Moody Blues: Domhnall Gleeson Picks Family over Fame

Given he has appeared in such huge hits as Harry Potter, Star Wars, and Black Mirror, alongside co-megastars like Saoirse Ronan and most Potter royalty, including his dad Brendan Gleeson (a.k.a. Alastor Moody), Domhnall Gleeson has every right to be a diva rivaling Gilderoy Lockhart. However, that’s not what you get from the actor who is down-to-earth to the point of unduly self-criticism. Is it just the lockdown blues, or is he in need of a confidence boost? The Guardian caught up with him via video call for thoughts on his latest projects, how he is surviving these dystopian days, and balancing films and family fame.

Much like the Weasleys, the Gleesons are a talented bunch. Aside from Harry Potter and the Deathly Hallows – Part 1, Domhnall has worked on other projects with his father as well as his brothers. He recently wrapped Frank of Ireland (Channel 4, Amazon), in which he appears with his brother Brian Gleeson (Peaky BlindersThe Bisexual). Brendan Gleeson’s 2018 short film and directorial debut, Psychic, featured all four of his sons. Domhnall once even filmed a cringy but hilarious Immaturity for Charity comedy sketch with his father to raise money for a hospice, knowing that speaking up for health care is close to his heart.


Domhnall Gleeson as Bill Weasley and Brendan Gleeson as Alastor Moody in Deathly Hallows Part 1.

Left: Domhnall Gleeson as Bill Weasley.; right: Brendan Gleeson as Alastor Moody


Far from trying to distance himself from his Emmy-winning acting royalty father, he looks to him for work ethic and advice. Talking to the Guardian, he even found his confidence at last:

Look, there’s no way in which he is a hindrance. I was aware, when I’d turn up on stuff, that there’d be a certain amount of: ‘Maybe he got the job because of who is dad is,’ or whatever. But it’s hard to make a film or a play happen, and if anyone has spent money on anything they’re not going to hire someone who can’t do the job just because they know your dad. Maybe it would have been nice to take my mam’s surname just to get it out there. I’m afraid I’m just not a good-enough son that it crossed my mind.

So we have established that his career didn’t take off because of his last name, nor does he feel like he is in his dad’s shadow with his own illustrious résumé. He could have moved to Hollywood a long time ago, given his successes and in order to distance himself from his father’s fame. However, he has chosen staying among family in Dublin over the glamorous Hollywood Hills.


Brendan Gleeson poses happily for the camera with sons Brian and Domhnall

Left to right: Brian Gleeson, Brendan Gleeson, and Domhnall Gleeson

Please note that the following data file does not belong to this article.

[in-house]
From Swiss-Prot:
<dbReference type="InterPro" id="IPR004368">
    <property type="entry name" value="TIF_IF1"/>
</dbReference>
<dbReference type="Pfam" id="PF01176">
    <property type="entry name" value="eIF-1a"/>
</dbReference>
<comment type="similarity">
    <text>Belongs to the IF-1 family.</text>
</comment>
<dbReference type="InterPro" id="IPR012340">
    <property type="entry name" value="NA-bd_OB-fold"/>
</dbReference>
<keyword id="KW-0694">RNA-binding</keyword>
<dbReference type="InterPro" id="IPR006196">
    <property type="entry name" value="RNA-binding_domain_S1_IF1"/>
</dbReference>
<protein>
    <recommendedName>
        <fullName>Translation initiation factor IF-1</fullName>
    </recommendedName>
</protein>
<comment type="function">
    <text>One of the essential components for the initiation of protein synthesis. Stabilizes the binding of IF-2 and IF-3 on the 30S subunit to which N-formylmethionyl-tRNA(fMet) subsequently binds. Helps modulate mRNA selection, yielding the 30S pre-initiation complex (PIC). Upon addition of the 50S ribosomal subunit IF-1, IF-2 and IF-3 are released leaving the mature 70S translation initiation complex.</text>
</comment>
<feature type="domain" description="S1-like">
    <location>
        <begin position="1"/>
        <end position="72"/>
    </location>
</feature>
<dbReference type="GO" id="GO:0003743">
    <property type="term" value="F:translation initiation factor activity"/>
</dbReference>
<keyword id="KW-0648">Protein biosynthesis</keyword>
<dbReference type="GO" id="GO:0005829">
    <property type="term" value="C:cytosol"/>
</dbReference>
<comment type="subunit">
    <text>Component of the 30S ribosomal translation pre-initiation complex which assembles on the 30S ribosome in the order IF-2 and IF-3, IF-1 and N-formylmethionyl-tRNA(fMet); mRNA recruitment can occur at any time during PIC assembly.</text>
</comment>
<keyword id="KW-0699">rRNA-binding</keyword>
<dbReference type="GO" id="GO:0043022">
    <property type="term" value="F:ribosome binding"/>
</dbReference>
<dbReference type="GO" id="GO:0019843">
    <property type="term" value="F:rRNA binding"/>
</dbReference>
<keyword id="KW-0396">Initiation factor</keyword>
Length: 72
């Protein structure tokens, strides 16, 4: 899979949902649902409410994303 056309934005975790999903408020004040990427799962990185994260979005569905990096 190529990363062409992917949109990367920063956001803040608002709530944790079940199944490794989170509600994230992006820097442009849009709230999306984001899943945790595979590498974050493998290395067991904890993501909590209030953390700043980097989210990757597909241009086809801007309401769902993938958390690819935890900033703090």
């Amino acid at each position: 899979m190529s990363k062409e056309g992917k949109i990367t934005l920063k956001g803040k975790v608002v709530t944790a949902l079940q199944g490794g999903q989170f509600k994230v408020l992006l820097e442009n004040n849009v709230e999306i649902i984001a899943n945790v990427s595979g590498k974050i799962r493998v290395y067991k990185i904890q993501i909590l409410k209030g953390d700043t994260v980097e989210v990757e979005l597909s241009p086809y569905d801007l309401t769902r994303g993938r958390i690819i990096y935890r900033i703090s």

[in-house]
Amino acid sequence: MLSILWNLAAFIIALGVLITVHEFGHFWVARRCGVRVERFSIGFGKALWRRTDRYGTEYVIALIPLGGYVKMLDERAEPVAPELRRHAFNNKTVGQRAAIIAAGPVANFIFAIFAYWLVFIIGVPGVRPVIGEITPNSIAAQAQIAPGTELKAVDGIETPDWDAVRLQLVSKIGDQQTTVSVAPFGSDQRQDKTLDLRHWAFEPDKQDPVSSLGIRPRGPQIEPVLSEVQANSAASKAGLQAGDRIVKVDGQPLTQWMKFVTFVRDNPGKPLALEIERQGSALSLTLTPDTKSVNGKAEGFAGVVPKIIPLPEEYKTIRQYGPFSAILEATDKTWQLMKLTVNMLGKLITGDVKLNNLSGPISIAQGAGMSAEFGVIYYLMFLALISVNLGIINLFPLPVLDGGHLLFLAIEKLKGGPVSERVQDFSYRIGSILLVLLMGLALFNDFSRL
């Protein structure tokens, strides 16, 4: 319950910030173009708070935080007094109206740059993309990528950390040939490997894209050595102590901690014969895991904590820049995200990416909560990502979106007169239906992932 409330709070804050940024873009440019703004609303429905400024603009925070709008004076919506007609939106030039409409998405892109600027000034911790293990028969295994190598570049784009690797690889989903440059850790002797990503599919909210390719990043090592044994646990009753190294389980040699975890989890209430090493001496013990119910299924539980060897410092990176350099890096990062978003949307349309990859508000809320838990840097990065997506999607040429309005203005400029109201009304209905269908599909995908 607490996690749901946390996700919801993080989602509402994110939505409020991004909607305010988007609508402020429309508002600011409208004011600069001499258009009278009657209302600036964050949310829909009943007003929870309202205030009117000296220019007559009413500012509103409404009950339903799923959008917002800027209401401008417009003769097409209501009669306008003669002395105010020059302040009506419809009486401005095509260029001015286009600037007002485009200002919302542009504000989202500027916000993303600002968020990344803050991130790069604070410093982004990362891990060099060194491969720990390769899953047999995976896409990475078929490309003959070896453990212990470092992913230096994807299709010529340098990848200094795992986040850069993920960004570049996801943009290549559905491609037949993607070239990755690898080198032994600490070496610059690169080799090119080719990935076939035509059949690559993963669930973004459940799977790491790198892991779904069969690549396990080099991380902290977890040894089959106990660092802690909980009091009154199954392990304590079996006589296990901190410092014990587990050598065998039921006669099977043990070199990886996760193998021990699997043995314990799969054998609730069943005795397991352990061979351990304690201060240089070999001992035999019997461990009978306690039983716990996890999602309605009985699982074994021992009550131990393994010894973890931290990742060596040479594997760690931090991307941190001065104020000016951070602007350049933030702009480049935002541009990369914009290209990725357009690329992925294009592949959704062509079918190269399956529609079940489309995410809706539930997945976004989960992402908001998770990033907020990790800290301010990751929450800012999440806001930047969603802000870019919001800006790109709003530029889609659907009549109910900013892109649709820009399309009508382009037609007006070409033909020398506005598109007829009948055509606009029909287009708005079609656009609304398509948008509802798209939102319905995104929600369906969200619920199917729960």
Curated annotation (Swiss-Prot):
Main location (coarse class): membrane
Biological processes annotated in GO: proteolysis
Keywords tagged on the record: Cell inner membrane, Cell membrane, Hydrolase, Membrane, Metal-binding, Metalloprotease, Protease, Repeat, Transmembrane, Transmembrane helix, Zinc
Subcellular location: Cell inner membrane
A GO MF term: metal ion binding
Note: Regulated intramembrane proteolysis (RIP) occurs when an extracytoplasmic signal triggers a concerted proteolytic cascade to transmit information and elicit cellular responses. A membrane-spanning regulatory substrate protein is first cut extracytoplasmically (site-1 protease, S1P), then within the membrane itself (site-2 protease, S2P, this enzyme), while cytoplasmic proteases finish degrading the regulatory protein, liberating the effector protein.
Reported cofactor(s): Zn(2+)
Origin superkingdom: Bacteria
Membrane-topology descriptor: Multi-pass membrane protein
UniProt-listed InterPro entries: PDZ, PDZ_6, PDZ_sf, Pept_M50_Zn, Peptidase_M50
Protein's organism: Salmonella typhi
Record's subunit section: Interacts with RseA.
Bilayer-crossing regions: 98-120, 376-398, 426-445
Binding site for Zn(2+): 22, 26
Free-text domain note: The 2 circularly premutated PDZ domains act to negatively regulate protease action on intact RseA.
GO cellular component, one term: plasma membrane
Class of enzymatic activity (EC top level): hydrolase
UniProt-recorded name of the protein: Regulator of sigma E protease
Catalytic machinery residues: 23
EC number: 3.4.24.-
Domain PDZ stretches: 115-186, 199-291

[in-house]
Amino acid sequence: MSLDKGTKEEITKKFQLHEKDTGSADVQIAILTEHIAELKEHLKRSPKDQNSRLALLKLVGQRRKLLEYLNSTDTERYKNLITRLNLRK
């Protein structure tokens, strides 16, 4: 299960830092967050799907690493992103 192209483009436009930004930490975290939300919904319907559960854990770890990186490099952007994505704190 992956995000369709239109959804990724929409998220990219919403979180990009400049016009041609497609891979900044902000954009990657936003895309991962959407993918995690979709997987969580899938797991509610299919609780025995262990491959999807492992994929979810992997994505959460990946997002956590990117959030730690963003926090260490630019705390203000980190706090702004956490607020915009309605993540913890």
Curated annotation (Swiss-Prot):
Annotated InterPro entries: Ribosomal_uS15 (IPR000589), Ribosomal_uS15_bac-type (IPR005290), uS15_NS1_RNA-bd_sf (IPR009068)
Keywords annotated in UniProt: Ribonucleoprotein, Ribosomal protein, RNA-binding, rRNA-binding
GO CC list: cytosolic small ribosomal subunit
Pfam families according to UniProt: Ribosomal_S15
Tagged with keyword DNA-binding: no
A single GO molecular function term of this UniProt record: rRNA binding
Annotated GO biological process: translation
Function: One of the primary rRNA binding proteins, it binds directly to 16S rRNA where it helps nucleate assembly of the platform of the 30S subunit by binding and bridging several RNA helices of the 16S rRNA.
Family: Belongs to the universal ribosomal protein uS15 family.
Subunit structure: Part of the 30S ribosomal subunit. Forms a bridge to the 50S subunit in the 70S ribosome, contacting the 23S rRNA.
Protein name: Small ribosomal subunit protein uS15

Not to say he prefers a quiet life. Confinement comes as a huge change since Domhnall has been busy: If three Star Wars films, Peter Rabbit and its postponed sequel, love stories such as Brooklyn, the less-than-praised crime flick The Kitchen, and the above mentioned Frank of Ireland were not enough, he is returning to romance in Vicky Jones’s new HBO series, Run. However, it is with near self-deprecation again that he admitted that his newfound abundance of free time means he has been giving in to the temptation of reading reviews about himself, which he usually steers clear of otherwise.

The quarantine blues may have hit moody Moody’s son, but the good news is that he was also supposed to appear onstage this year, albeit, frustratingly, he did not say more to avoid jinxing it happening at all in light of the pandemic:

I’m just hoping and trusting that people will still want to go to the theatre on the far side of this. That there is another side. We have to be responsible now, but we’ll get back to those things. We’ll want to experience stories; to laugh and cry together.

Fingers crossed Domhnall can soon bask in the spotlight again before he loses faith completely while cooped up in his own Shell Cottage. In the meantime, we can escape the four walls in spirit by checking him out in Run. One thing is sure: If he ever clicks on reviews of this series, all he will see is praise, which might be the perfect remedy for his moody blues.

Dora Bodrogi

I am a writer, a critic, a researcher, a traveler, and a Ravenclaw through and through. My main fields of interest are representation, gender, and LGBTQ fiction, history, and censorship. Incorrigible doodler and theatre kid.

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